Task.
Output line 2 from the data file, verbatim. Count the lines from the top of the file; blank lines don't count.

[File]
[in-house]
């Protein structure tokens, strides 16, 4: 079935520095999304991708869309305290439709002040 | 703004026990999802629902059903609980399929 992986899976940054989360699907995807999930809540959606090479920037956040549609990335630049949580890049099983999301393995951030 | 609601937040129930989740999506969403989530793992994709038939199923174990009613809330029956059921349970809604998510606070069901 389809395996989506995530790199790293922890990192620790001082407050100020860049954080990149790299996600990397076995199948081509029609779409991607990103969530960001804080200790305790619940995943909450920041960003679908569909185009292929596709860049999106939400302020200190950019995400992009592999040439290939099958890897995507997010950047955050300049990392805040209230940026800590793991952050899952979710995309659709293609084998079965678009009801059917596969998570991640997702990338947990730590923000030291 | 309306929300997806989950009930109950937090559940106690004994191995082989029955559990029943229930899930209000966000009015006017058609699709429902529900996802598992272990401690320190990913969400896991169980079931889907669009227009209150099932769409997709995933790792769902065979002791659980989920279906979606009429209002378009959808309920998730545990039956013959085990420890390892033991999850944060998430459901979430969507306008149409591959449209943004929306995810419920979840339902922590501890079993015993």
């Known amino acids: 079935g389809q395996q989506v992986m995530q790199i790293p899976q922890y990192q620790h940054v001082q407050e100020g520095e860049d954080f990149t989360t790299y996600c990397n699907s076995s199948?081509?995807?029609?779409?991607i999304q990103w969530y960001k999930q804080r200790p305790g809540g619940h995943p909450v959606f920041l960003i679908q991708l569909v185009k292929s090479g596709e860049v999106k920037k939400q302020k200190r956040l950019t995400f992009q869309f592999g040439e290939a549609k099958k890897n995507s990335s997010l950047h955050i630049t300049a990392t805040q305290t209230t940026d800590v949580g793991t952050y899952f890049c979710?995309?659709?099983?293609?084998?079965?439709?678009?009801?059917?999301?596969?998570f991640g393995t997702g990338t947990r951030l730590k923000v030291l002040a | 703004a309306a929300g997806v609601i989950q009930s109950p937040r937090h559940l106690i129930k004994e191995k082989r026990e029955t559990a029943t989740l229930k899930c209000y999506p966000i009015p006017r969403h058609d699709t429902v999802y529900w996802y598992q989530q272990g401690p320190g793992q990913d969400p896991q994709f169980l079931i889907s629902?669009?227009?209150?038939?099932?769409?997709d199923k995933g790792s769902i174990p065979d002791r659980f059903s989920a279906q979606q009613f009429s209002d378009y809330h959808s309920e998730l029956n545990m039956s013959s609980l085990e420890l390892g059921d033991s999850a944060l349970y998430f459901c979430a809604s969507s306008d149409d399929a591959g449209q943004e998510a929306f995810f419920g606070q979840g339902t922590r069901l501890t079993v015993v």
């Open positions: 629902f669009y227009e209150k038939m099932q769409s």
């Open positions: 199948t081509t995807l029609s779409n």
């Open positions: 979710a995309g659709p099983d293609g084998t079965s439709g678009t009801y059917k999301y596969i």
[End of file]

């Protein structure tokens, strides 16, 4: 079935520095999304991708869309305290439709002040 | 703004026990999802629902059903609980399929 992986899976940054989360699907995807999930809540959606090479920037956040549609990335630049949580890049099983999301393995951030 | 609601937040129930989740999506969403989530793992994709038939199923174990009613809330029956059921349970809604998510606070069901 389809395996989506995530790199790293922890990192620790001082407050100020860049954080990149790299996600990397076995199948081509029609779409991607990103969530960001804080200790305790619940995943909450920041960003679908569909185009292929596709860049999106939400302020200190950019995400992009592999040439290939099958890897995507997010950047955050300049990392805040209230940026800590793991952050899952979710995309659709293609084998079965678009009801059917596969998570991640997702990338947990730590923000030291 | 309306929300997806989950009930109950937090559940106690004994191995082989029955559990029943229930899930209000966000009015006017058609699709429902529900996802598992272990401690320190990913969400896991169980079931889907669009227009209150099932769409997709995933790792769902065979002791659980989920279906979606009429209002378009959808309920998730545990039956013959085990420890390892033991999850944060998430459901979430969507306008149409591959449209943004929306995810419920979840339902922590501890079993015993």